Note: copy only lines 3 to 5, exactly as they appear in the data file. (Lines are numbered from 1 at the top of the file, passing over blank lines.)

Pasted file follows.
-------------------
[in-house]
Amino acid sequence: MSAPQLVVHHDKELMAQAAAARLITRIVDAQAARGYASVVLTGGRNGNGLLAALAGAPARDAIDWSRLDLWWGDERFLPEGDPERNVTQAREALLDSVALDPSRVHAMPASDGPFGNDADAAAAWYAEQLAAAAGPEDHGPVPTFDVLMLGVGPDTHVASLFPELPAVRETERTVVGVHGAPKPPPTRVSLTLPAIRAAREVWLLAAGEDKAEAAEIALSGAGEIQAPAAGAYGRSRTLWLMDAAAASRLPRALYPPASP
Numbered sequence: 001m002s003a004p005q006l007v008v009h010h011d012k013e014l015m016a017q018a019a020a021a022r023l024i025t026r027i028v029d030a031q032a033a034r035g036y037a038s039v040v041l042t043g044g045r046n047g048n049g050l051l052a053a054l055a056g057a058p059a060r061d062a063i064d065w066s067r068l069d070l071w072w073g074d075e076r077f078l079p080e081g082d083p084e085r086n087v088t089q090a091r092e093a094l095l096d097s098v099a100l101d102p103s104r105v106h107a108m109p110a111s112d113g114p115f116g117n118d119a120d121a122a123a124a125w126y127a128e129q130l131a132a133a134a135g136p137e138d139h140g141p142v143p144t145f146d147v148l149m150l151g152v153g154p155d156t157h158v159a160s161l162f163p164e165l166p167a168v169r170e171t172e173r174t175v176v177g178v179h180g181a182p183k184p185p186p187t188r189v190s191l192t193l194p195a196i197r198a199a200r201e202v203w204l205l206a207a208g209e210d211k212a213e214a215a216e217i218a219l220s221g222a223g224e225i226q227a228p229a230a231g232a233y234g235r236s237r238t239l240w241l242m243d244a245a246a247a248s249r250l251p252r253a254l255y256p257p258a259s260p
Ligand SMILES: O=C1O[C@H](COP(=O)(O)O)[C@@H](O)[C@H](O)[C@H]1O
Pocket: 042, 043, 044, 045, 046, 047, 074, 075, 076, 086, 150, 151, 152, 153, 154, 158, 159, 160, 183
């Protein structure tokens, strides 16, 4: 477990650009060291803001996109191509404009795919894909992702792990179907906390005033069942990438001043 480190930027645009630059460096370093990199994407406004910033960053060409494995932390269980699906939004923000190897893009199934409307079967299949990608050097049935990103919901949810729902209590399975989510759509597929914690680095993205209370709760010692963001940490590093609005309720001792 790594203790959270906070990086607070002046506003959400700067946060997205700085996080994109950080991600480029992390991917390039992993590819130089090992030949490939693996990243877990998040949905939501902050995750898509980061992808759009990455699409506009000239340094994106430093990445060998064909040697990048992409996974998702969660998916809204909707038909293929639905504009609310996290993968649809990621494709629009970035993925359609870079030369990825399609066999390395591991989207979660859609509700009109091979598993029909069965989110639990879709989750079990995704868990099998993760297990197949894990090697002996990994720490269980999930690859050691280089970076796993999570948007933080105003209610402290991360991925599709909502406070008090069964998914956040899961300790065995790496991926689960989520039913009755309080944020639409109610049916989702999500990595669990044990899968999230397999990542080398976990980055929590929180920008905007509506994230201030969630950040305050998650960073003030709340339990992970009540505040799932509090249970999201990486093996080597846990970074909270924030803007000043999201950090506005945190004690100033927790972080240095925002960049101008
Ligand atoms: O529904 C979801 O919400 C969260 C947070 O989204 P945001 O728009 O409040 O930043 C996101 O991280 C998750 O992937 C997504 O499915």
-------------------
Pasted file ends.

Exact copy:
Numbered sequence: 001m002s003a004p005q006l007v008v009h010h011d012k013e014l015m016a017q018a019a020a021a022r023l024i025t026r027i028v029d030a031q032a033a034r035g036y037a038s039v040v041l042t043g044g045r046n047g048n049g050l051l052a053a054l055a056g057a058p059a060r061d062a063i064d065w066s067r068l069d070l071w072w073g074d075e076r077f078l079p080e081g082d083p084e085r086n087v088t089q090a091r092e093a094l095l096d097s098v099a100l101d102p103s104r105v106h107a108m109p110a111s112d113g114p115f116g117n118d119a120d121a122a123a124a125w126y127a128e129q130l131a132a133a134a135g136p137e138d139h140g141p142v143p144t145f146d147v148l149m150l151g152v153g154p155d156t157h158v159a160s161l162f163p164e165l166p167a168v169r170e171t172e173r174t175v176v177g178v179h180g181a182p183k184p185p186p187t188r189v190s191l192t193l194p195a196i197r198a199a200r201e202v203w204l205l206a207a208g209e210d211k212a213e214a215a216e217i218a219l220s221g222a223g224e225i226q227a228p229a230a231g232a233y234g235r236s237r238t239l240w241l242m243d244a245a246a247a248s249r250l251p252r253a254l255y256p257p258a259s260p
Ligand SMILES: O=C1O[C@H](COP(=O)(O)O)[C@@H](O)[C@H](O)[C@H]1O
Pocket: 042, 043, 044, 045, 046, 047, 074, 075, 076, 086, 150, 151, 152, 153, 154, 158, 159, 160, 183